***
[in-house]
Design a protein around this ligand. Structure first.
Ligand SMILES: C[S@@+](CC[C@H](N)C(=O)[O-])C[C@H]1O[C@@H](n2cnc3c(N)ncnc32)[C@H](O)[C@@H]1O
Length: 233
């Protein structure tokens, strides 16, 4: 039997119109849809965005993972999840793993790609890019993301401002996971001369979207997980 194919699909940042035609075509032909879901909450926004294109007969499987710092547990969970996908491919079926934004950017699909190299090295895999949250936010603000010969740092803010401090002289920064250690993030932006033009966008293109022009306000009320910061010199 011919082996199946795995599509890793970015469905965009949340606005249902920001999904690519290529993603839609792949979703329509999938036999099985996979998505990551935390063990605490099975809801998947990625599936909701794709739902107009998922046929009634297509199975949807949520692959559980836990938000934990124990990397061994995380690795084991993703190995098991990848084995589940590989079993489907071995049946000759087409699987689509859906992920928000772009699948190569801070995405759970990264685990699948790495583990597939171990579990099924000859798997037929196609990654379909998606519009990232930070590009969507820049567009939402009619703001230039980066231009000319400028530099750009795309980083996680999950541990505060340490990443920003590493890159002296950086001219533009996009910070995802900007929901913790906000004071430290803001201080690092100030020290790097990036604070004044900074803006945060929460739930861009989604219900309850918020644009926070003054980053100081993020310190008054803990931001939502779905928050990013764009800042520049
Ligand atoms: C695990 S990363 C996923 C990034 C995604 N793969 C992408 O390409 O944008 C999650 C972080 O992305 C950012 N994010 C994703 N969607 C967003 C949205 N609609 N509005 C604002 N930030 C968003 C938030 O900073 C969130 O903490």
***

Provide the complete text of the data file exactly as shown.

[in-house]
Design a protein around this ligand. Structure first.
Ligand SMILES: C[S@@+](CC[C@H](N)C(=O)[O-])C[C@H]1O[C@@H](n2cnc3c(N)ncnc32)[C@H](O)[C@@H]1O
Length: 233
């Protein structure tokens, strides 16, 4: 039997119109849809965005993972999840793993790609890019993301401002996971001369979207997980 194919699909940042035609075509032909879901909450926004294109007969499987710092547990969970996908491919079926934004950017699909190299090295895999949250936010603000010969740092803010401090002289920064250690993030932006033009966008293109022009306000009320910061010199 011919082996199946795995599509890793970015469905965009949340606005249902920001999904690519290529993603839609792949979703329509999938036999099985996979998505990551935390063990605490099975809801998947990625599936909701794709739902107009998922046929009634297509199975949807949520692959559980836990938000934990124990990397061994995380690795084991993703190995098991990848084995589940590989079993489907071995049946000759087409699987689509859906992920928000772009699948190569801070995405759970990264685990699948790495583990597939171990579990099924000859798997037929196609990654379909998606519009990232930070590009969507820049567009939402009619703001230039980066231009000319400028530099750009795309980083996680999950541990505060340490990443920003590493890159002296950086001219533009996009910070995802900007929901913790906000004071430290803001201080690092100030020290790097990036604070004044900074803006945060929460739930861009989604219900309850918020644009926070003054980053100081993020310190008054803990931001939502779905928050990013764009800042520049
Ligand atoms: C695990 S990363 C996923 C990034 C995604 N793969 C992408 O390409 O944008 C999650 C972080 O992305 C950012 N994010 C994703 N969607 C967003 C949205 N609609 N509005 C604002 N930030 C968003 C938030 O900073 C969130 O903490």